As regards the meeting or encounter between the West and the Orthodox Church, it first took place long before Western Europe even discovered the New World. The first encounter goes back to the ninth century. Like all subsequent encounters, Orthodox were faced with an aggressive ideology. We may think of the Orthodox Christians in Spain who preferred Muslim domination to that of the Carolingians. Or we may think back to the denunciation of the filioque by St Photius the Great in the ninth century. Or else we may look back to the Anglo-Saxons who preferred exile in the Imperial Roman Capital of Constantinople to the domination of Norman feudalism blessed by German Popes. There comes to mind St Alexander Nevsky who defended the Orthodox Church in Russia against the Teutonic hordes, preferring humble submission to the Mongols, who did not interfere in spiritual concerns. Then there is the case of St Gregory Palamas who set forth through his life the doctrinal opposition of the Church to the anti-Christian ideology of Renaissance humanism. We cannot forget the Greeks who preferred the Turk to the soul-destroying self-worship of the West. This persecution of the Church and Orthodoxy has continued, directly or indirectly, right up to the present time, be it by Roman Catholics in Croatia and Bosnia, the Middle East and south-west Russia, or by Protestants in Romania and Finland. What have the results of these encounters been?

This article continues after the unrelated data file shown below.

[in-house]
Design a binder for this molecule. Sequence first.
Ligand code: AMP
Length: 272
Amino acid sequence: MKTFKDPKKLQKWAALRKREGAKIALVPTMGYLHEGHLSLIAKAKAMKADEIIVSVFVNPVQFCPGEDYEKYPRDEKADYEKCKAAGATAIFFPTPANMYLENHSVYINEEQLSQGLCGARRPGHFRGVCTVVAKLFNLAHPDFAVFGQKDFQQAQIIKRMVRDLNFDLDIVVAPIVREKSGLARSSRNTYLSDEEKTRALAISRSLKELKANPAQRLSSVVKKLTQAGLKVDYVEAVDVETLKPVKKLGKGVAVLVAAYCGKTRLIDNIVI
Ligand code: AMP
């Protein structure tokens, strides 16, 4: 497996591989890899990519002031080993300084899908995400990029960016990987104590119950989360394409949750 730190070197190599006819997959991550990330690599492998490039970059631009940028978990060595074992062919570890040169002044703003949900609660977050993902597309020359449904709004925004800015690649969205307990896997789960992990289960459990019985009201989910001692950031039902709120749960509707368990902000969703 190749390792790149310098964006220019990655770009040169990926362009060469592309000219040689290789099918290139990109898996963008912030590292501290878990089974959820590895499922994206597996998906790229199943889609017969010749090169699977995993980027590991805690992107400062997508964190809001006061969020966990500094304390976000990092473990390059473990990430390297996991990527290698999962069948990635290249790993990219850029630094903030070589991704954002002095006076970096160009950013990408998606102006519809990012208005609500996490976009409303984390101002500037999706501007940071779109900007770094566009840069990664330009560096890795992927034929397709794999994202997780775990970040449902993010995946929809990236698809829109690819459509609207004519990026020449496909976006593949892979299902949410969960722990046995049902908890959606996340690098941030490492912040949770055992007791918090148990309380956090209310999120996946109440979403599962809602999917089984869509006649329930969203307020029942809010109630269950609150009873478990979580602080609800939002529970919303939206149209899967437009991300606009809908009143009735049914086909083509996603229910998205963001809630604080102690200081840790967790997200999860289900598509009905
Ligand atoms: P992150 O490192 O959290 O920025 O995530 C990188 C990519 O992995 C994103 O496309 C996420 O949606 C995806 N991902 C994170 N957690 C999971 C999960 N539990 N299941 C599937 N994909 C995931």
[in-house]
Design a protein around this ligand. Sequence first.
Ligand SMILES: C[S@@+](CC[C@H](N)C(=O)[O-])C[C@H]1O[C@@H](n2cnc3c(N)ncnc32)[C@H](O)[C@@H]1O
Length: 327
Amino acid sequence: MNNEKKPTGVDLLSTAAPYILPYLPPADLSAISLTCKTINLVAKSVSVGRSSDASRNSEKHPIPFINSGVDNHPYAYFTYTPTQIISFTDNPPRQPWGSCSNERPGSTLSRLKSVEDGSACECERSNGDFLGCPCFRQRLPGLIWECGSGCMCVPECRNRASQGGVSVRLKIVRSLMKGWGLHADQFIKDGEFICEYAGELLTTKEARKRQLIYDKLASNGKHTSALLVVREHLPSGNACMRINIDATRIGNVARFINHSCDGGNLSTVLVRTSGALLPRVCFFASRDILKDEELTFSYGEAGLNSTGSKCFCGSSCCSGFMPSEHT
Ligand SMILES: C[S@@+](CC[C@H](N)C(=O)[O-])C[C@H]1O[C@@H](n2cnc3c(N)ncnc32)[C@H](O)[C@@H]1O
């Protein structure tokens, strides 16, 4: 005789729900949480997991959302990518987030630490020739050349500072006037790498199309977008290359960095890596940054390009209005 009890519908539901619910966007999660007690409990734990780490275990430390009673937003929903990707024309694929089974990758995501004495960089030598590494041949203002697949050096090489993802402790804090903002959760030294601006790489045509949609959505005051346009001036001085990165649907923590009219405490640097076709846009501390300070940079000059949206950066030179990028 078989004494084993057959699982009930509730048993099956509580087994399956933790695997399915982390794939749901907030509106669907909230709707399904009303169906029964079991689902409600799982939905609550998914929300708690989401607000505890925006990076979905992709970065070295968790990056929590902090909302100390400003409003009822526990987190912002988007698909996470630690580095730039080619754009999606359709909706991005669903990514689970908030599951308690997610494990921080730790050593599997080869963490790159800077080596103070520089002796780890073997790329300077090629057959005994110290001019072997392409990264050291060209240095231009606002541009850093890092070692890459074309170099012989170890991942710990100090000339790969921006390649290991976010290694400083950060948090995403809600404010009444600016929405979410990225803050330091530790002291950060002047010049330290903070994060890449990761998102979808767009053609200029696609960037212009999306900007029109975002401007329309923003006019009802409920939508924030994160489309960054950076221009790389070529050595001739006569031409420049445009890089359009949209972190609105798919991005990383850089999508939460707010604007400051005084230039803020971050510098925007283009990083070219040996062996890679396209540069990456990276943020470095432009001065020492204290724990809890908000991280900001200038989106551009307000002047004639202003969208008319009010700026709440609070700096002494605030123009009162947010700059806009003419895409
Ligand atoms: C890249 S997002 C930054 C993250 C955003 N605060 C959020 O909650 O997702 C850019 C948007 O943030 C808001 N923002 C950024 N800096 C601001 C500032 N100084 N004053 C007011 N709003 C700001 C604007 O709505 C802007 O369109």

At first sight it may seem that the results have been the same polarized ones as we find when the West comes into contact with other cultures. On the one hand there have been those who have wished to conform to Western culture, adapting Orthodoxy to it, on the other hand there have been those who have wished to violently reject Western culture and break away in nationalist politics. The former we may perhaps call 'New Believers', the latter 'Old Believers'. The former include left-leaning intellectuals, philosophers and religious thinkers who have attempted to redesign Orthodoxy to fit in with their mental world, trying to combine the Orthodox Faith with Western humanism. Faced with the sociological problems of Orthodoxy, their philosophies have been rationalistic. Influenced by Western philosophy and bourgeois political systems, they have tried to create a compromise between the revelations of the Church and the humanistic ideology of the West. They have failed, because they have attempted the impossible. The way of the Church is not to compromise, but rather to rise above oppositions and divisions, not to swim with the tide, but to take the hard way. This is the path that Christ took when he accepted the Cross that led to the Resurrection. The undiscerning intercourse with the Western world has led these thinkers and their followers into the dead end of humanism. On the other hand the 'Old Believers' are those who have violently rejected everything Western. For psychological reasons, out of insecurity and injured, national pride, they have also chosen sectarianism. They prefer an external 'purity', a fidelity to outward customs, not the fullness of Christian life. Ultimately these people find themselves in the same isolation as their adversaries, the 'New Believers'. The former wish to 'renovate' the Church, the latter to stick it into a time-warp. Both then are in a dead end. Both 'Old Believerism' and 'New Believerism', consciously or unconsciously, have been based more on politics or nationalism than on the acquiring of the Holy Spirit which is the one real purpose of the Orthodox Christian life.